This week the spotlight is on Rosalyn Charlton, a tech co-founder and CTO for HERO financial services.
Rosalyn is making the world a better place by using technology to explore ways to make great ideas come to life.
Hola Rosalyn, Tell us about yourself?
I was born and raised in South Africa, lived in London for a short time and recently lived in Australia for 6 years. My husband and I moved to Barcelona in February 2018 and we have been loving every minute of it.
Having been raised in tropical cities, this is my first real winter. Wish me luck!
What do you fancy doing in your free time?
I love to Run, cuddle my dogs (or any dogs really), reading, wine tasting, yoga, and rock climbing when possible.
I also love to travel and new cultures fascinate me, so being able to live in different places is such a privilege. These days I don’t really regard a single place as my only home anymore, but I have a collection of different places where I have parts of my life, friends, family and memories. I like it this way. I like when life feels wide and global.
Take us on a mental path of your career journey?
After completing an electronic engineering degree I headed into software engineering and was soon drawn to the management of processes, team strategies, project structures and system architecture. I gravitated towards this part of engineering over the technical part and I realized very early that classic project management approaches did not complement software projects.
In 2000 I discovered Agile software development methodologies and Agile management practices. I've never looked back, and in my experience of 20 years or so, I am convinced that it's the only effective way to run software development projects and achieve high-performance teams.
Tell us more about your work with Agile software development?
Agile not only provides an environment for projects to succeed but also for people to achieve mastery and be the best they can be. It's a great philosophy for leadership.
I have since studied, trained and coached agile methodologies and I've introduced the concept to all the teams I manage and work with. The Agile philosophies in themselves are worth following, even if a full-scale process implementation is not possible.
If you are ever curious about the topic or want to bounce some ideas around, feel free to give me a shout. I could talk about Agile for hours! anyway, long story short, over time I have ended up managing increasingly complex projects, teams and tech divisions and have been in coaching and technical senior management for a number of years now. I love a startup culture, which is what drew me to Barcelona. This is where it's all happening, I'm sure you all agree.
Biggest challenge you have faced as a CTO in a startup?
In any startup, one faces a number of challenges tailored to the specific industry, the complexity of the project etc. For a CTO specifically, I would say the biggest challenge is finding the right people. When building a team you need to find technologists with the right balance of personality and skills, the best people for the job are not always the best fit for your team. You need technologist with the right blend of personality and skills.
Every team has its own personality and culture he wrong attitude in a team is way worse than the wrong aptitude. As a leader, it is imperative to create the optimal environment that will enable your team to perform at its best and enjoy what they do. It is important to figure out what this environment will be for each team because they are all unique.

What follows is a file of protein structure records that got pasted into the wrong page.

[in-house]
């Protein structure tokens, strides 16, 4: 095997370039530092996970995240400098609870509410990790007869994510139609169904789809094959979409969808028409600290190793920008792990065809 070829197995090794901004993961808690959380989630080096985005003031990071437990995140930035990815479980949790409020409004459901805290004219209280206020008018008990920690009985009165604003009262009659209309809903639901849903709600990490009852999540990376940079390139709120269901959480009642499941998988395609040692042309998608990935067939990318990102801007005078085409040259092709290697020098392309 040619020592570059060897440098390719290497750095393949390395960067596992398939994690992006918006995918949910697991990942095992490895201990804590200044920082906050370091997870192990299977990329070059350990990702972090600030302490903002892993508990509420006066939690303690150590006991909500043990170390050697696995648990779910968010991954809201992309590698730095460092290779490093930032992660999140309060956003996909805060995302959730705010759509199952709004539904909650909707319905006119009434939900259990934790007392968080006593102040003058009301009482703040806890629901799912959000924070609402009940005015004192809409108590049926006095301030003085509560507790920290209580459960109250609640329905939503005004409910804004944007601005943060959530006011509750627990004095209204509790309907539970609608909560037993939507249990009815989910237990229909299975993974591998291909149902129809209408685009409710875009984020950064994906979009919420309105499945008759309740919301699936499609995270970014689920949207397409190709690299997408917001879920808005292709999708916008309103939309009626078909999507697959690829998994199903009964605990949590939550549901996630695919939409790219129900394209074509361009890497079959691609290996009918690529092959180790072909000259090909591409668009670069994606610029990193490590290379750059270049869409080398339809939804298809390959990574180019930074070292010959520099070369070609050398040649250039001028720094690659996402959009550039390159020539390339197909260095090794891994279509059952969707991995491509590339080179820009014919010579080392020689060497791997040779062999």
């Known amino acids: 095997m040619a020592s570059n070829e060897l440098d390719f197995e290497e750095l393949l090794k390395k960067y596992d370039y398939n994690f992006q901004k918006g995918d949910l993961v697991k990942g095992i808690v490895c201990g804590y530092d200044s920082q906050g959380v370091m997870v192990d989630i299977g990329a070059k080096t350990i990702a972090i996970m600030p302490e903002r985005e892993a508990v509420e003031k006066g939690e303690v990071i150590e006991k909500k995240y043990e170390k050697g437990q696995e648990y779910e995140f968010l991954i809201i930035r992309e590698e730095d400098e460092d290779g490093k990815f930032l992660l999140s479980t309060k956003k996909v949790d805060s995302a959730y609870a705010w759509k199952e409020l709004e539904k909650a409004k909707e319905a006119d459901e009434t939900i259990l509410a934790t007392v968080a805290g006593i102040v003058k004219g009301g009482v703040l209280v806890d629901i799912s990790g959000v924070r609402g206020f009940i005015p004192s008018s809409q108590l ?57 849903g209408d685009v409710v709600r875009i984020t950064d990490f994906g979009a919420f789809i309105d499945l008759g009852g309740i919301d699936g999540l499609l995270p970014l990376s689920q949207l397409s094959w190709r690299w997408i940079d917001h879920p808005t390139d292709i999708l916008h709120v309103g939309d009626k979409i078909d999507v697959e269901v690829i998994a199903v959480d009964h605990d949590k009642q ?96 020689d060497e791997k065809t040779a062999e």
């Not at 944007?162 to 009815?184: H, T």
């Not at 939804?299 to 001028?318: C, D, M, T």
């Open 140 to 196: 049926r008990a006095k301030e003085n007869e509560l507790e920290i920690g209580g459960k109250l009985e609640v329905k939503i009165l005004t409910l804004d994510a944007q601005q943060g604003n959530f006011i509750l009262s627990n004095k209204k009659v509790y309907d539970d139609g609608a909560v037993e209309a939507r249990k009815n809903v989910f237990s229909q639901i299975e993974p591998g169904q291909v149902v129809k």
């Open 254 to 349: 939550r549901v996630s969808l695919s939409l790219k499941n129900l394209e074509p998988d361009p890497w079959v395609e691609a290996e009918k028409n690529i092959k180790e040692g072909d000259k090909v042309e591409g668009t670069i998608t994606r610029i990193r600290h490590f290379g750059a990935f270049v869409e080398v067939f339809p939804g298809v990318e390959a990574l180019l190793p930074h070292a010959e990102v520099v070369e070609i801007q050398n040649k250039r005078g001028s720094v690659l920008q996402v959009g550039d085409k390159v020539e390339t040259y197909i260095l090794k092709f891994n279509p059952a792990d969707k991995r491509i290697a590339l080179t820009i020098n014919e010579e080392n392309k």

A startup presents an added layer of difficulty since it does have its risks. The trick is to find those who are excited about the startup culture, or happy to accept those risks involved.
CTO or Head of technology for a startup?
My first piece of advice is don't ever look at yourself as a woman first. You are a professional with career goals who happens to be a woman. Get this right and you will be halfway there already.
Then, typically the positions that this career path follows include roles such as technical project management, Scrum Master, Product Owner in a technical team, head of technology divisions of sorts, all increasing in the scope of responsibility. However, the most important thing for success in any of these positions is the clear understanding of the difference between leadership and management. To be effective in these roles you need to LEAD teams, not manage them.
Understanding team members and culture, empowering team members to solve problems and creating an environment where they are allowed to fail without judgement in order to get innovative solutions and above all trust them. Micromanagement is the enemy of a successful team.
Let's get personal:
Who inspires you?
Salvador Dali - he personifies the concept that your mind is a marvellous place when you don’t restrict it. The man was a crazy genius and his creativity knew no boundaries. I could look at any of his works for hours and continue to be intrigued. After being a huge fan for as long as I can remember, imagine how excited I was to move to Barcelona where a short drive away in Figueres I can visit his gallery and port Lligat where he lived. I will definitely be going a second time!
Book recommendation: Anything by Neil Gaiman.
Words to live by:
These three things sculpt my thinking really
- Top of my list is “The Desiderata”. I read it regularly.
- Also, I often recall one particular excerpt from the piece titled “If” by Rudyard Kipling: …” keep your head while all those about you are losing theirs…”
- And this picture has always been a comical reminder to me to never give up
How can we get in touch?
I have only been here a week, so I have yet to try out all the spots. Any suggestions? Mostly you will find me in the Hero office, room 20.
And virtually through my LinkedIn.